For example, if the specialist is from a company that only manufactures Reverse Osmosis (RO) equipment, you may find that this is offered to you rather than an ion exchange system that would better match your requirements.
When looking for a water treatment specialist you do not necessarily have to go with a supplier. You could choose to use an independent consultant instead, but make sure they have a wealth of experience in the type of technology you are interested in and ideally in your specific industry. This is particularly important if the project you are considering is technically complex.
Our advice is to not consider entering an agreement for the supply of an industrial wastewater recovery stream unless you are convinced that the supplier or specialist has experience of operating in the same field.
What about second-hand water treatment equipment?
From a cost point of view, it can be tempting to buy second-hand equipment. Before you buy, it is worth engaging a specialist to give you advice. It is not unusual to meet clients who have bought a second-hand plant which seems exceptionally excellent value for money only to find that it is completely inappropriate for their requirements.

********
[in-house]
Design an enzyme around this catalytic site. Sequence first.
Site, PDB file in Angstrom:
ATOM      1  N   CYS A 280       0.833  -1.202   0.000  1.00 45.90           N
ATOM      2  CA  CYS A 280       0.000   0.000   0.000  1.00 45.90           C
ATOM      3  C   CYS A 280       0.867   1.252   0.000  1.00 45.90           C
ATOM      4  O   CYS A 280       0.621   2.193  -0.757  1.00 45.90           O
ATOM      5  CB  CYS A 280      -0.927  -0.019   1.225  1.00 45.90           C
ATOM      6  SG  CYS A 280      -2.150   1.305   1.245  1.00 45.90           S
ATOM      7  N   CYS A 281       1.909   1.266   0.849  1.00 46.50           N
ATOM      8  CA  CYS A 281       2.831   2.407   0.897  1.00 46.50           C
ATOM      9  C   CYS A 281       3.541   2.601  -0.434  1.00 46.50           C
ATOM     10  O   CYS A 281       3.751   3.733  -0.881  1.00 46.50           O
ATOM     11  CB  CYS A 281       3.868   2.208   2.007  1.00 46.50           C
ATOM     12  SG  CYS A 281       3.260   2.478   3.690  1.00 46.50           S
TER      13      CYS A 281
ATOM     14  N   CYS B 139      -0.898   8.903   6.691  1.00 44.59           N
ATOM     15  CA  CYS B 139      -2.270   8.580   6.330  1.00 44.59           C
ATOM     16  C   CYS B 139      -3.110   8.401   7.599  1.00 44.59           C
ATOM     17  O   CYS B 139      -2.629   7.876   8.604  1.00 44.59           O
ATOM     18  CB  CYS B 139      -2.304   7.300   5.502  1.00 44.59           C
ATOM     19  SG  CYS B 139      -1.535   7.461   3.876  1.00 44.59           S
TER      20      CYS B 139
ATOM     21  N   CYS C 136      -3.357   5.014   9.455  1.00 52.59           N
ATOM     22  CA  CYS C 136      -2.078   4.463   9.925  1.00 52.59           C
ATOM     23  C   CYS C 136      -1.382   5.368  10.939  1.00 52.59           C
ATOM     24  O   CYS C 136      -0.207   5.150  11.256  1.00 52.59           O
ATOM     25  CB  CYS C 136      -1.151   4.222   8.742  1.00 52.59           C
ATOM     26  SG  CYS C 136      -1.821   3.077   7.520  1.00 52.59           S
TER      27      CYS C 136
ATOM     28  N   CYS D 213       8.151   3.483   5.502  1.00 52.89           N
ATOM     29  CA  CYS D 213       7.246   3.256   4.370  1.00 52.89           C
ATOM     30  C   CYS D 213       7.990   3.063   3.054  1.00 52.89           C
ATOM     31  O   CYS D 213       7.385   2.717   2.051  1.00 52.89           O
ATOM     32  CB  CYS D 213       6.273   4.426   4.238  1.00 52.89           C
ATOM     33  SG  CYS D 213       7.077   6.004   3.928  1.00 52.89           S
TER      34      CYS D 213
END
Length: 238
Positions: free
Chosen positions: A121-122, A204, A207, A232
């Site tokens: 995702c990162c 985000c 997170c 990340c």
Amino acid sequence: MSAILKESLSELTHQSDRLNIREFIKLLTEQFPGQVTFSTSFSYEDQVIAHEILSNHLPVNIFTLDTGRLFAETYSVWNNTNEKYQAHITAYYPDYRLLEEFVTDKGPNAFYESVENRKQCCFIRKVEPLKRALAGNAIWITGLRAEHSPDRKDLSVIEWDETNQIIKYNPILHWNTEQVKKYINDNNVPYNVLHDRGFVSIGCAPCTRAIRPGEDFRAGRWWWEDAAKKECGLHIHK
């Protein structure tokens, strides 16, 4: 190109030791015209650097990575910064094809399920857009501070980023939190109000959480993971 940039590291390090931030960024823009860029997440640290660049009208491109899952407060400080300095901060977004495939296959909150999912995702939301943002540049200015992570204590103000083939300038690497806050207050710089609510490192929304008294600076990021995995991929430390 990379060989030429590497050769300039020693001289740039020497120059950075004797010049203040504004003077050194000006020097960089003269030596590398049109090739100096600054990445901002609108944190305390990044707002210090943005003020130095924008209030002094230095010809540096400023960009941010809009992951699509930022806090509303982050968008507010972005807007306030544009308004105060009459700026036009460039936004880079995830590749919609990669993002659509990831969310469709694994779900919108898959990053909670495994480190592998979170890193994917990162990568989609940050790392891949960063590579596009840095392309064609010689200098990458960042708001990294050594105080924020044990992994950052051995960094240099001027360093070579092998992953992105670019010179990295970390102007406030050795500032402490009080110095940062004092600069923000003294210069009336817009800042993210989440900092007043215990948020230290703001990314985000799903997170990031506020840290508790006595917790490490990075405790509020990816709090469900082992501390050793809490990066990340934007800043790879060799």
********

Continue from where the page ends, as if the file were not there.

An example of this is someone who needed a DI plant producing 2m² of water per hour. When searching online for a suitable second-hand plant he came across an advert for a plant which seemed too good an opportunity to miss. In the advert this plant produced of 15m² of water per hour, which he quite reasonably thought would allow plenty of scope for future growth. However, what he has not considered is the size of the ancillary equipment required to run this plant or that this plant was intended to run on a continuous basis which is not a feature he needs. When the plant is not in operation, the inactivity can lead to reverse exchange or organic leeching from the resin.
In certain circumstances standardised equipment can be your best option provided it has a good track record and closely matches your requirements. The more unusual your requirements, the more likely it is that you will need to look for a bespoke solution, but make sure you choose a supplier with knowledge of your industry and who understands what you are trying to achieve.